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Do I have to change my tax status on my checks from single to married?

Centennial, CO |

I recently got married, can I just keep it single?

I want to know if I should change my tax withholding? I am only claiming 1 and SINGLE. Do I have to change it to married or married but withhold at a higher single rate? Also I have a daughter but I am still only claiming 1, should I change it to 2 (me AND my daughter)

Attorney Answers 3

  1. Your question is whether you have to change the names on your checks just because you became married? The answer is no. Unless it is a joint checking account, it should only have your name on it. There are millions of couples that maintain separate checking accounts with their name solely on the checks. If you are stating that you had a name change as part of the marriage, then you probably should change the name when you reorder the checks.

  2. I think you're talking about federal withholdings on your paychecks, right? There is nothing wrong with claiming one even though you have additional dependents. This way the employer will withhold more than if you were claiming 2 or 3 or more. The trouble that people get into is when they claim too high a number and there is insufficient withholdings.

    This response should not be considered legal advice. No attorney-client relationship is formed by this response, which reflects only the opinion of the author. The response should not be relied upon as legal advice. The response given is based upon the limited facts provided by the person asking the question and could change if additional facts were made available.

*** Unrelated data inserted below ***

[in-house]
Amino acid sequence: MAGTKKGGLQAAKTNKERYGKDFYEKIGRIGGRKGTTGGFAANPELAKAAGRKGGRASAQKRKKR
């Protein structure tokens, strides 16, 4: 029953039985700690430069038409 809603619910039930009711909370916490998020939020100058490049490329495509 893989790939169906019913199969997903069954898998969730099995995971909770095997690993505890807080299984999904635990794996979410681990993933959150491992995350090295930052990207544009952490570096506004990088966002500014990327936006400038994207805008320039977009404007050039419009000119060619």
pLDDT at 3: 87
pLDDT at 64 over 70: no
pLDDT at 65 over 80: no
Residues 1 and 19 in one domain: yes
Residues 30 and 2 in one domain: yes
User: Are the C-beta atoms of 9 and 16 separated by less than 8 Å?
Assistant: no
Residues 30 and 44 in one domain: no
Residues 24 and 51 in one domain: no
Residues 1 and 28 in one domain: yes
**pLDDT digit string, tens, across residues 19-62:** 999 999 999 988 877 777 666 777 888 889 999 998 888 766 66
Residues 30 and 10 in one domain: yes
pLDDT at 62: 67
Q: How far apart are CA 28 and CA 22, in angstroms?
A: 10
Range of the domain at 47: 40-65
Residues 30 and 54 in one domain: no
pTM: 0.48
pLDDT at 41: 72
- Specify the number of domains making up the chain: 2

3. You do not need to increase the number of dependents for withholding purposes unless you choose to. The drawback is that your employer will then overwithhold, so you are making a taxfree loan to the government. Some people like that, because they get a bigger refund at the end of the year. I think it’s poor tax and financial planning. To do it right, you need to project the amount of taxes that you and your husband will owe at year end. Then calculate the total amount of withholding for the two of you. If it is more than the amount of taxes projected, you should increase the number of dependents (but not more than you actually have) until the withholding is about equal to the taxes expected.

    DISCLAIMER—This answer is for informational purposes only under the AVVO system, its terms and conditions. It is not intended as specific legal advice regarding your question. The answer could be different if all the facts were known. This answer does not establish an attorney client relationship. I am admitted only in California. (Bryant) Keith Martin